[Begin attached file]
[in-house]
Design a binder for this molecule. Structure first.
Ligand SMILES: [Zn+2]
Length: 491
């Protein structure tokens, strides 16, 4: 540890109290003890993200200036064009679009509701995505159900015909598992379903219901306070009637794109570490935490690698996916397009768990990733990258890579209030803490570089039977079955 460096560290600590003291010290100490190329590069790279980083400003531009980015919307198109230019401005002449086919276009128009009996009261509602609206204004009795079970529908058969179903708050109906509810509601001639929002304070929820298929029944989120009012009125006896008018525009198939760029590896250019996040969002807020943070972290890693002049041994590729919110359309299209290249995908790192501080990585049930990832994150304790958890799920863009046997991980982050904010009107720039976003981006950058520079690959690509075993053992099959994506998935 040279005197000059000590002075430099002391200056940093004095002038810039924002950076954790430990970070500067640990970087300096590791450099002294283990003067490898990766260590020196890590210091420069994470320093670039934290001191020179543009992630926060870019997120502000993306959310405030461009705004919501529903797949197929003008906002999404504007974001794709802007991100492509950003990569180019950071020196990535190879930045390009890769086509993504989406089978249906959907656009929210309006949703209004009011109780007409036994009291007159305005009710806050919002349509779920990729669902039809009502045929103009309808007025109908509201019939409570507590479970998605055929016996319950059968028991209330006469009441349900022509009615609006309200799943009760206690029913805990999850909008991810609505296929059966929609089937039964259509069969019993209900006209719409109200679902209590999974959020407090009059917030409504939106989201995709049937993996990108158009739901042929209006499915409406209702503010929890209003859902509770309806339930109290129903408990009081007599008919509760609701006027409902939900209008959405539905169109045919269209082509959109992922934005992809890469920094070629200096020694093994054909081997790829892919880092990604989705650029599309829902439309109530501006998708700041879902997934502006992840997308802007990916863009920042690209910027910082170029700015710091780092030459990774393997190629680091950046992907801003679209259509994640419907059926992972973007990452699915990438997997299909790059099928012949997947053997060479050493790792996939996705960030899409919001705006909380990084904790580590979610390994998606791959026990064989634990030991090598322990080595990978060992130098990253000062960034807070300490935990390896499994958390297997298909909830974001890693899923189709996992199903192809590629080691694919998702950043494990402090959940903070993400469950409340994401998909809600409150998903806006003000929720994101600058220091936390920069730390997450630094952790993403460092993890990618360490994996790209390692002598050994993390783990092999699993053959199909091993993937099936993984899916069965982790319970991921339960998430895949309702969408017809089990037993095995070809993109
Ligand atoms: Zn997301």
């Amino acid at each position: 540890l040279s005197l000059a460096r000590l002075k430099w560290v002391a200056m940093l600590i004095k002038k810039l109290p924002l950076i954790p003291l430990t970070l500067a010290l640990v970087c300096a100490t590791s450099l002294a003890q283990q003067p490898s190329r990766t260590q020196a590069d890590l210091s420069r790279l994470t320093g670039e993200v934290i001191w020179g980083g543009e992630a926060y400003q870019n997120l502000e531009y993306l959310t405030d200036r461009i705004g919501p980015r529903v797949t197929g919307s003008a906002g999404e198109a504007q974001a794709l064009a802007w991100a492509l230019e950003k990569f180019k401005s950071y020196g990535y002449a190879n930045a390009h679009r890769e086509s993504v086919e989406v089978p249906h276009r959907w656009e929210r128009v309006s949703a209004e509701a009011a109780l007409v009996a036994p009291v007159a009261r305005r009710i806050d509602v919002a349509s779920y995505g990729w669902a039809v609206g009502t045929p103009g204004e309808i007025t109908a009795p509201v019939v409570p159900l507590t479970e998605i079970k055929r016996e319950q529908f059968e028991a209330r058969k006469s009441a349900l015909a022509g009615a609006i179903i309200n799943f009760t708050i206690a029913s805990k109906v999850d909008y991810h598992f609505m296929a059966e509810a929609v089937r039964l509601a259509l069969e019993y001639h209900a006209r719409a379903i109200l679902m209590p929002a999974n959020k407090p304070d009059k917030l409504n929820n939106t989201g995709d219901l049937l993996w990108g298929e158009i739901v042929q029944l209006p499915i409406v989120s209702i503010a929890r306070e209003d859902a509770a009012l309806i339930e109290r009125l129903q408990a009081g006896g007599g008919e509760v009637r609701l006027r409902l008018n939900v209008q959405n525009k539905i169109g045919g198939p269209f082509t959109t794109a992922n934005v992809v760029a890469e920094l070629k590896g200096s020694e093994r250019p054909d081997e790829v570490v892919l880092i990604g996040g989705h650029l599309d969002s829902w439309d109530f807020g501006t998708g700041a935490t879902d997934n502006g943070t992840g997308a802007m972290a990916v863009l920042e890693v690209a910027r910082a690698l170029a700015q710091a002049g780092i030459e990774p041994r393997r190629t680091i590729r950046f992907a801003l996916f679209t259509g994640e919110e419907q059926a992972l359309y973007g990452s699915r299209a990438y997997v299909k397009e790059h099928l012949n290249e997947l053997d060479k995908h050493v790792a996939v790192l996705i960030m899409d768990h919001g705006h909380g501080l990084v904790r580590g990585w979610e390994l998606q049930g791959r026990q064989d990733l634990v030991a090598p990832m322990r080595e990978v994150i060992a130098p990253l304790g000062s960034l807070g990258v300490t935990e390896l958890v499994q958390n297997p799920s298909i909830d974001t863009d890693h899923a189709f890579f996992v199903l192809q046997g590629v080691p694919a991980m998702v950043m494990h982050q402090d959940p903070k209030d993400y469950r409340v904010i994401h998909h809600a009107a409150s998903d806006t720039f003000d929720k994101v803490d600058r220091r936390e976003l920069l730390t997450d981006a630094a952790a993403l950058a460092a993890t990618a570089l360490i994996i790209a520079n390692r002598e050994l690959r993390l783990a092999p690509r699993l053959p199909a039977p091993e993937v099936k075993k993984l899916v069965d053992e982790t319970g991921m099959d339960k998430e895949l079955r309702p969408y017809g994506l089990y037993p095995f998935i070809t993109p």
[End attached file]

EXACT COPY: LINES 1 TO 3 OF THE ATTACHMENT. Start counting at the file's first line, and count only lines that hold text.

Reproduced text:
[in-house]
Design a binder for this molecule. Structure first.
Ligand SMILES: [Zn+2]